Since March, McConnell says, Lake has hired auto mechanics, painters (from Sherwin-Williams, including its first female technician) and restaurant servers.
Jeff Guinn’s company Guinco employs 115 people in Texas, Arizona, Oklahoma and Texas. He said manufacturers are constantly saying they need more repair techs, no matter the location.
“I don't know an easier job to move to a different location and get a job,” he said. “When people leave me, because the wife got transferred or whatever, I make a phone call and they just go to work on Monday. There's never a gap.”
Still, unlike HVAC or other trades, appliance repair isn’t taught in most vocational curriculums — though some in the business think that could be about to change.
“High school kids were all told, you have to go to college,” said Dyer-Yoder’s husband, Chris Yoder, who runs the day-to-day business of Dyer Academy. “Now we’ve kind of got this generation of college graduates that are out there. They’re struggling to pay the bills.”
“We’re kind of starting to see a little bit of a shift. [People are saying] it’s okay to go into the trades coming out of high school, that you’re not going to rack up a bunch of debt and can make a good living.”
Dyer has even started to get inquiries from parents about their 16- or 17-year old kids. For the first time this year, it was invited to a local high school convention alongside colleges.
The outlook for repair is also being buoyed by a growing movement to repair appliances rather than buy new by default.
“Repair is almost always cheaper, even if it’s 50 to 80 percent of a product’s price,” said Nathan Proctor, director of the U.S. PIRG Campaign for the Right to Repair, adding that there’s no guarantee a new machine won’t also break.
It’s not just cheaper machines either, Proctor said. “There’s no correlation between the amount you pay for an appliance and if it breaks.”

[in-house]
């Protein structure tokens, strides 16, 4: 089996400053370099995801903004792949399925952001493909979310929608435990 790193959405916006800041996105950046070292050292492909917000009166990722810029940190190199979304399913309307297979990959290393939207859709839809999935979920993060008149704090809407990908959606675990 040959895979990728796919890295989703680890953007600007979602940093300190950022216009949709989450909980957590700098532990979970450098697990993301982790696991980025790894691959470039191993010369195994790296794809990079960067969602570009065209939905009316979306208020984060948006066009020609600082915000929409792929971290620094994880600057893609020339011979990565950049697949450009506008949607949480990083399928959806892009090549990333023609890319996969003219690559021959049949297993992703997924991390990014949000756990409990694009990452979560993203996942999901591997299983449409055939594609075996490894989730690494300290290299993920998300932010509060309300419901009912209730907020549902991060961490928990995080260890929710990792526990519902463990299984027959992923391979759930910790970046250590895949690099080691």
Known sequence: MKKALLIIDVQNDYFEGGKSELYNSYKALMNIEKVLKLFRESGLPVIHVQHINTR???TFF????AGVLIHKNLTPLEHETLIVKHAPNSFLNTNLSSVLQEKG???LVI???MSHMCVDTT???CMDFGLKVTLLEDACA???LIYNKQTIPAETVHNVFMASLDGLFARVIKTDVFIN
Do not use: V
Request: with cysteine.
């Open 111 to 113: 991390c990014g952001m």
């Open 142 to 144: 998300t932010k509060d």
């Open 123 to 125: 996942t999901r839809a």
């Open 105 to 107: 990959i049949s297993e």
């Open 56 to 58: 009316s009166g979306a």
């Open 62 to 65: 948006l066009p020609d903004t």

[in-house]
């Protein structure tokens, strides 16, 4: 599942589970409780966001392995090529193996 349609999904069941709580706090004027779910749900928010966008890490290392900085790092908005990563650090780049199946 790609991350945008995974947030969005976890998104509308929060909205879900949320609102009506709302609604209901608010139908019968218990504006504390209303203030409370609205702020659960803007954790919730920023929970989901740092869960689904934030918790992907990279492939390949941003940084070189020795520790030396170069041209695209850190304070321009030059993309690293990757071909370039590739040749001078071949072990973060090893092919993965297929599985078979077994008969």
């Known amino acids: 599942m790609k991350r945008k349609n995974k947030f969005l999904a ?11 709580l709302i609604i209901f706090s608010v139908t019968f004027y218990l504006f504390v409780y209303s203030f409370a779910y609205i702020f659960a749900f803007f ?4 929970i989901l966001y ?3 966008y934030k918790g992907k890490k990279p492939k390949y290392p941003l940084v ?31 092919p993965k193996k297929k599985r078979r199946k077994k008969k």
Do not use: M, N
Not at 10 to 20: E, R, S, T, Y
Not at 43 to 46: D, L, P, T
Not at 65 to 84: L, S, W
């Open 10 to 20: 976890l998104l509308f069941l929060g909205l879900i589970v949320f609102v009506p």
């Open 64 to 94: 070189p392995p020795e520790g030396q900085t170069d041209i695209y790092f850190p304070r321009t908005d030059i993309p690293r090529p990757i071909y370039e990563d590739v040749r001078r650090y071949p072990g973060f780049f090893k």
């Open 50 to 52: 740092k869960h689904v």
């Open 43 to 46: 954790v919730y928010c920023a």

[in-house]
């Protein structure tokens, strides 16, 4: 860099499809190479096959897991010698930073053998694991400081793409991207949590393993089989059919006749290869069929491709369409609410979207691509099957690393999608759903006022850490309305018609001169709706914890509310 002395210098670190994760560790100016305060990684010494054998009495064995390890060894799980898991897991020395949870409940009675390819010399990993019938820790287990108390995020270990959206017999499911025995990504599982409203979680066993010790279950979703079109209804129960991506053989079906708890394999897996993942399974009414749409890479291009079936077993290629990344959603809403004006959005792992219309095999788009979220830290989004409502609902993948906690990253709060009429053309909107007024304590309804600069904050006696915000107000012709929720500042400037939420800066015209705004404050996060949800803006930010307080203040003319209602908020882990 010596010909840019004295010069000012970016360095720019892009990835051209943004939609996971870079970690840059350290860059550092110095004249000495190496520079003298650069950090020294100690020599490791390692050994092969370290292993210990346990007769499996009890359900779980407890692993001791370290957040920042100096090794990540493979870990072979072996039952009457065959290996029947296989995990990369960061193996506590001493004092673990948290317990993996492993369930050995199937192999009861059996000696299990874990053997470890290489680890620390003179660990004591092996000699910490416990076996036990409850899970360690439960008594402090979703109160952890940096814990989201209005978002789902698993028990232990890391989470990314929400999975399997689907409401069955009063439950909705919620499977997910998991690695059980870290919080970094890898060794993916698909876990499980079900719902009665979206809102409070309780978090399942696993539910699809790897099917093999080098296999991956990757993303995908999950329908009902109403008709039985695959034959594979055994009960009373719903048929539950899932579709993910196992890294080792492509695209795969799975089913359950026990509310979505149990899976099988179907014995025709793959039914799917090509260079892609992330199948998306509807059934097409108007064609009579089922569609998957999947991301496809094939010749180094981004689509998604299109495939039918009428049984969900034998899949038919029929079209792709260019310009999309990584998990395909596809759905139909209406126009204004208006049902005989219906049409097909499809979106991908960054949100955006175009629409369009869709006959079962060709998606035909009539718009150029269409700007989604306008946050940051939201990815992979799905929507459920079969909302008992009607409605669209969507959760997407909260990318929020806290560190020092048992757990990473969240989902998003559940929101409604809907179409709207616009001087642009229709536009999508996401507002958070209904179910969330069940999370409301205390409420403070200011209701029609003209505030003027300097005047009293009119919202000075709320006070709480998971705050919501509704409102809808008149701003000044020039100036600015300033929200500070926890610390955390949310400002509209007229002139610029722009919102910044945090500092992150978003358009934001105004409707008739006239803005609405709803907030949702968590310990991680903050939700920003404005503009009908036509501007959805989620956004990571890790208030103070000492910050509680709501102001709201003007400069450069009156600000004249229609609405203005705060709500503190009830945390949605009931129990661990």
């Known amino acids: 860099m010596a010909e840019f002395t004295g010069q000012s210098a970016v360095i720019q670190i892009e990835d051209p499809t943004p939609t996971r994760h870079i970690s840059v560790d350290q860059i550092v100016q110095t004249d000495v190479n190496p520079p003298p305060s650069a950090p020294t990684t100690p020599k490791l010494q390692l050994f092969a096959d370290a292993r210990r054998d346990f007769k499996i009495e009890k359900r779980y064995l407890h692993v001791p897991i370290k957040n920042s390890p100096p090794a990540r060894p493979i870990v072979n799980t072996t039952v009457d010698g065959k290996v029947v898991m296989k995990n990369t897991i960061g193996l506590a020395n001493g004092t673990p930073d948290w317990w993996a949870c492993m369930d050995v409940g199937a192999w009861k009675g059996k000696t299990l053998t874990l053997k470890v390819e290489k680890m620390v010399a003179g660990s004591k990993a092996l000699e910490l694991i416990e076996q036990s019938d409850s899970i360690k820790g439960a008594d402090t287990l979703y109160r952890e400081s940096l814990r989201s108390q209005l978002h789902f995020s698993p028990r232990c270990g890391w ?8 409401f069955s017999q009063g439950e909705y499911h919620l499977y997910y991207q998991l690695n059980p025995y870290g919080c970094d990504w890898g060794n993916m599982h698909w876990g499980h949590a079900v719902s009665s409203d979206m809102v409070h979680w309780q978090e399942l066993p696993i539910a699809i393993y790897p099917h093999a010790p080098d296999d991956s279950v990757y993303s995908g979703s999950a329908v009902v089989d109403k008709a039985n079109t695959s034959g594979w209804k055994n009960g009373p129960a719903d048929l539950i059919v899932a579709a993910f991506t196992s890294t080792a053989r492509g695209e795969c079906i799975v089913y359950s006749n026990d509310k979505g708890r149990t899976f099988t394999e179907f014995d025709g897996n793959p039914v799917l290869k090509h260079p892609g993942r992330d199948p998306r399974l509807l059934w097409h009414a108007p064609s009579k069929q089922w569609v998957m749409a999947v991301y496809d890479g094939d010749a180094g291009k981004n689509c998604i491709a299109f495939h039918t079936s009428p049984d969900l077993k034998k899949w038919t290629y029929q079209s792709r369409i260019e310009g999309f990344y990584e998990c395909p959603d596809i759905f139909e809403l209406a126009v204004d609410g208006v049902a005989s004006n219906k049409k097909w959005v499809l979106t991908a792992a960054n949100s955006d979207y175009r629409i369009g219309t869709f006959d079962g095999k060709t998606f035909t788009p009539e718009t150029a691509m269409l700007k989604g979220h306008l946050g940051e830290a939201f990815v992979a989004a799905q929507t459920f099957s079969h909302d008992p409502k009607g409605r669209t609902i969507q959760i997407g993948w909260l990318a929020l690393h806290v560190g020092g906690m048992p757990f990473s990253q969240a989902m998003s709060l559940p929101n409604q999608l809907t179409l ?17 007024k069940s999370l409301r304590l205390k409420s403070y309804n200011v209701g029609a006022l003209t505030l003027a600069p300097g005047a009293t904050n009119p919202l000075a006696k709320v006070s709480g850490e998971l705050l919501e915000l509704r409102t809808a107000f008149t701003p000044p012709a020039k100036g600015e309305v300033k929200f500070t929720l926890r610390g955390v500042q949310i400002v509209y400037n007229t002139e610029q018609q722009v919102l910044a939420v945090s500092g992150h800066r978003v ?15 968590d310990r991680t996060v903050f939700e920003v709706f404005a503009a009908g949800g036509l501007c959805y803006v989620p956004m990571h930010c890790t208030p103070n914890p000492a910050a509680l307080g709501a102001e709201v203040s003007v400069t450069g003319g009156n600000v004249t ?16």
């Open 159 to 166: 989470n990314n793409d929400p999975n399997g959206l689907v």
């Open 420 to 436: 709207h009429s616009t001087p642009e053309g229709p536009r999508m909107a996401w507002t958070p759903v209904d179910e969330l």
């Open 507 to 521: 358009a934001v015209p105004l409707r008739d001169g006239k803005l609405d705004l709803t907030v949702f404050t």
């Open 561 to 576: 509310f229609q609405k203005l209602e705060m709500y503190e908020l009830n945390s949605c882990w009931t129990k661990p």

One previously overlooked potential for growth is the emergence of women technicians. Dyer didn’t certify a woman until 2017. Since then, the number of female technicians has increased 15 percent every year, Dyer-Yoder said.
Carleen Ferriera is one of them. She had gone through several jobs — pet photographer, hot air balloon crew for Kenny Chesney’s rum brand, an Air Force contractor — before settling into massage therapy. She didn’t want to join the ranks of other millennials, drowning in debt, so she didn’t want to go back to college.
But two years ago, eyeing her 30th birthday, she reevaluated work. She wanted stability and a good salary, and didn’t want to be confined to a desk.
In January 2019, she completed her course and was hired by Guinco. Now she said she feels fulfilled at a job that she loves, making a difference in people’s lives. Plus she earns $10,000 more than she ever made from massage therapy. She hopes to boost her salary even further to $65,000 next year.
She recently moved from Texas to Arizona to be closer to home.
“People are worrying about a job, and I’m being relocated. So it was really exciting to be doing good this year,” she said.